The Justice Department has charged three men in a murder-for-hire-plot hatched by officials from Iran who targeted Masih Alinejad, an American human-rights activist in Brooklyn who has criticized the country’s repression of women, according to an indictment unsealed on Friday.
Prosecutors in the Southern District of New York have charged Rafat Amirov, 43, of Iran, Polad Omarov, 38, of the Czech Republic, and Khalid Mehdiyev, 24, of Yonkers on federal charges of money-laundering and murder for hire. The three men are members of an Eastern European criminal organization, known by its members as Thieves-in-Law, that was paid by the Iranian government, the indictment said.
The men were enlisted to assassinate Ms. Alinejad in the United States, the indictment said.
Mr. Mehdiyev was originally arrested in July, after he was found with a loaded AK-47 assault-style rifle outside Ms. Alinejad’s house. Mr. Mehdiyev, at the direction of the two other men, “was preparing imminently to execute the attack on the victim,” the indictment said.
“This matter is going to be over today, brother,” Mr. Omarov wrote in a message to Mr. Amirov on July 27, according to the indictment. “I told them to make a birthday present for me.”
The announcement of the charges in Washington on Friday comes as Attorney General Merrick B. Garland, engulfed by the furor surrounding the appointment of two special counsels investigating former President Donald J. Trump and President Biden over their handling of classified documents, has sought to emphasize external threats by increasingly aggressive foreign actors, especially Iran and China.
Lisa O. Monaco, the deputy attorney general, said at the news conference that the government was increasingly seeing “the blending of national security and criminal threats, as rogue nations and criminal organizations make common cause and share capabilities.”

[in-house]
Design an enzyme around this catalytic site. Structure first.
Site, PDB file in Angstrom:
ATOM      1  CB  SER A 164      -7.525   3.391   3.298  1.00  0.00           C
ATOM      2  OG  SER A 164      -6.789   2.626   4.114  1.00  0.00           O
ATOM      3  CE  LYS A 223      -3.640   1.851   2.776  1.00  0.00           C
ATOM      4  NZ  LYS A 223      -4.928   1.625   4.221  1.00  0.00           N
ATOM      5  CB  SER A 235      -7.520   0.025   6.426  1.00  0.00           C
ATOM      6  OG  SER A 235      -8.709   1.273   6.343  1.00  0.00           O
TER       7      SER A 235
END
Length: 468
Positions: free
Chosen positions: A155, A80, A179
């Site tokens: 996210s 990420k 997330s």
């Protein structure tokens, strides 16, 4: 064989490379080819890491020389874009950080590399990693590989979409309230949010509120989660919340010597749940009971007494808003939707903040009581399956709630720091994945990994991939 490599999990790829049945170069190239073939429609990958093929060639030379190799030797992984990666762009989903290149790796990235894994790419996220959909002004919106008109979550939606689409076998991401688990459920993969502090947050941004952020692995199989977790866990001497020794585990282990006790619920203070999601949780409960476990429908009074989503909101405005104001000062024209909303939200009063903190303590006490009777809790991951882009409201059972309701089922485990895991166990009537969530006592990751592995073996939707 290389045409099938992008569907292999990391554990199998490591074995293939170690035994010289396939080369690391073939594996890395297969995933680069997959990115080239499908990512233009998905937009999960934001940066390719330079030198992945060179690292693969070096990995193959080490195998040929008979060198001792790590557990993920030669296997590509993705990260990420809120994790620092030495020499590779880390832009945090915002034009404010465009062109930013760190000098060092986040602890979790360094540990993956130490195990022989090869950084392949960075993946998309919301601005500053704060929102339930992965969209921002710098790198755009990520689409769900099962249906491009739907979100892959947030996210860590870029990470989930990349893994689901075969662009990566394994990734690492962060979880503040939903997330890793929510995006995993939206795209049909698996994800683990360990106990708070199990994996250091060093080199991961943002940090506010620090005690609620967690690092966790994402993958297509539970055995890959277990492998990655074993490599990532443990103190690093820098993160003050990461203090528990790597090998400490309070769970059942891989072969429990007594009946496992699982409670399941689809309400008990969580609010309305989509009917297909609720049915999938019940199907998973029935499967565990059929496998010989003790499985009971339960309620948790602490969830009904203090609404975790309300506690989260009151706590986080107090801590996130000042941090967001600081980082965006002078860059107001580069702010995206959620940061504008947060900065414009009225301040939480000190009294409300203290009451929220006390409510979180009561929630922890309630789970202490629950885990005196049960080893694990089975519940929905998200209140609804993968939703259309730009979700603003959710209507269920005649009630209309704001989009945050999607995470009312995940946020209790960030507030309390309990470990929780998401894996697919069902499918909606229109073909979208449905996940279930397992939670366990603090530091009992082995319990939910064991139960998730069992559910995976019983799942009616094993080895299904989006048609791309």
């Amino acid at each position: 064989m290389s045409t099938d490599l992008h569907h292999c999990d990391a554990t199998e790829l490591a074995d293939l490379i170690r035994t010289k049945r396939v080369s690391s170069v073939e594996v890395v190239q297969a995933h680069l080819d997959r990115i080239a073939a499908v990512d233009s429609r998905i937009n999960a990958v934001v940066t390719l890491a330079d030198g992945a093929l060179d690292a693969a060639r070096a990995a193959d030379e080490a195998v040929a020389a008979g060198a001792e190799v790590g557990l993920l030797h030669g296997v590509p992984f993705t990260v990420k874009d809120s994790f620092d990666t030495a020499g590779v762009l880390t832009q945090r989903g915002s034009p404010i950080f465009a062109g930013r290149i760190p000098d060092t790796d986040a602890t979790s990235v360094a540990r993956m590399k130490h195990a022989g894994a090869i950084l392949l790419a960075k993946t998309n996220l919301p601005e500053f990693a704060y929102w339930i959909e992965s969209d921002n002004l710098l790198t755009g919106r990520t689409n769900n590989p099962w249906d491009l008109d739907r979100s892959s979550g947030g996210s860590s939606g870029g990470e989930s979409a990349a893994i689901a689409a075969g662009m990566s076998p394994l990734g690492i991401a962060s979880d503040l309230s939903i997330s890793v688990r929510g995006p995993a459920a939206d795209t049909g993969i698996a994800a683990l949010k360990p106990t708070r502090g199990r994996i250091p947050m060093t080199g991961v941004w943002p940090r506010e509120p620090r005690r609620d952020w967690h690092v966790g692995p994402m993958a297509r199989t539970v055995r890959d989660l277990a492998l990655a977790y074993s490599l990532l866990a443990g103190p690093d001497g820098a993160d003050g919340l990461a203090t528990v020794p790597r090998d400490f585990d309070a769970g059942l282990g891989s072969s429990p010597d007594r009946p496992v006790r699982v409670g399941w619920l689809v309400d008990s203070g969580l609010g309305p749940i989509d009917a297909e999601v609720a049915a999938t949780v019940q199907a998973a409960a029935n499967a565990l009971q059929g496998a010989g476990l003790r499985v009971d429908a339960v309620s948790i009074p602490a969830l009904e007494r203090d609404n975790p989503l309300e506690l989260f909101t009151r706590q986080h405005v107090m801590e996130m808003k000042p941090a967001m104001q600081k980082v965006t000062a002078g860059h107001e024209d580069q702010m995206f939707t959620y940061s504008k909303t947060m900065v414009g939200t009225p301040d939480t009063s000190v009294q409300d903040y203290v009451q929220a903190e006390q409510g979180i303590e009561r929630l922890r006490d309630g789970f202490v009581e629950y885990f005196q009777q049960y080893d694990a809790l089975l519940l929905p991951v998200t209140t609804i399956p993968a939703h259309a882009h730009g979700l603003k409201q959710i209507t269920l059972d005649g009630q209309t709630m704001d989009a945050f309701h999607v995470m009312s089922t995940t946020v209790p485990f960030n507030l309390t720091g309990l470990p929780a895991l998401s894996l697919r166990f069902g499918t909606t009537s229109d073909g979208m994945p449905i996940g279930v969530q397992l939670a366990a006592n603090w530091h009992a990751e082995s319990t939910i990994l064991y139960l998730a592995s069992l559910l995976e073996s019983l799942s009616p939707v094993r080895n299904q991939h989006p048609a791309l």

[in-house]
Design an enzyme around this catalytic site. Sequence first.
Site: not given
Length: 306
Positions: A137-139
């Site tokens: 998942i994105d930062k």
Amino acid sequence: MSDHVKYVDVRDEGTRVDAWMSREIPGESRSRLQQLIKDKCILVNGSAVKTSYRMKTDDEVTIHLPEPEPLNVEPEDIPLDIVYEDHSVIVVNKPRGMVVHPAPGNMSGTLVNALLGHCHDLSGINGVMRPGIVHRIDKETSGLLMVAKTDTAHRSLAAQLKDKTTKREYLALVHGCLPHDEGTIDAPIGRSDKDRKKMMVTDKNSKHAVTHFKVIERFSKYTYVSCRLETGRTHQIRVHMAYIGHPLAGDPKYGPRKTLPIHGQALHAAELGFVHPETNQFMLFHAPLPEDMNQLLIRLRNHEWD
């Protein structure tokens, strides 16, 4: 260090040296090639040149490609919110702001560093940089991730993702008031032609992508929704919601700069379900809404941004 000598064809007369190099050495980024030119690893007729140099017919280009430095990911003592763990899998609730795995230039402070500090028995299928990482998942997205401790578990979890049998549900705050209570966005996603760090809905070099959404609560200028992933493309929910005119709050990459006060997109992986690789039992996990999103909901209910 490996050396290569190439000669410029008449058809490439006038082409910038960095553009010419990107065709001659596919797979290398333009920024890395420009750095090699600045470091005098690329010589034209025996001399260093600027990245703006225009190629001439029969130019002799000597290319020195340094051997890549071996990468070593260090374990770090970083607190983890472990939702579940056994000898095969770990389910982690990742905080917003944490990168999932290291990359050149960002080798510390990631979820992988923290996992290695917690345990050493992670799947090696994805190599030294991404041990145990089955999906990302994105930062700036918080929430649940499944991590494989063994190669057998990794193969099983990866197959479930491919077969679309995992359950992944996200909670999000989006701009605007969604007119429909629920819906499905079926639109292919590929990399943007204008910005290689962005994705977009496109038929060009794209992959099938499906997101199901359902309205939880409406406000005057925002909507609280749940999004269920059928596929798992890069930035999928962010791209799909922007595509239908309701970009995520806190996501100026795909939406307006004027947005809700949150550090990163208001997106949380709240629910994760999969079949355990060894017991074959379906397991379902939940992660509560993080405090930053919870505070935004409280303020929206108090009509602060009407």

“All too often,” she said, “they seek refuge in countries they believe will protect and empower them — in this case, Iran.”
Damian Williams, the U.S. attorney for the Southern District, said: “Let me be clear, in the United States, free speech is a hallmark of our Constitution. In Iran, it marks you for death. We will safeguard our citizens and their right to free expression.”
Ms. Alinejad, a journalist who has said that she was forced to leave Iran more than a decade ago, has been unsparing in her criticism of its government.
In a statement to The New York Times, Ms. Alinejad said she learned of the charges against the three men from the F.B.I. on Friday.
“It was shocking, but I’m not scared for my life,” she said. “My heroes are Iranian brave women who are leading a progressive revolution, which is called ‘woman, life, freedom,’ to get rid of this terrorist regime.”
The plot is the second time Iran has made Ms. Alinejad a target in the United States.
In July 2021, federal prosecutors in Manhattan announced that they had broken up a scheme to kidnap Ms. Alinejad and had charged four Iranians with participating in the conspiracy, including an Iranian intelligence official and others described as Iranian intelligence assets. All four remain fugitives, the government has said.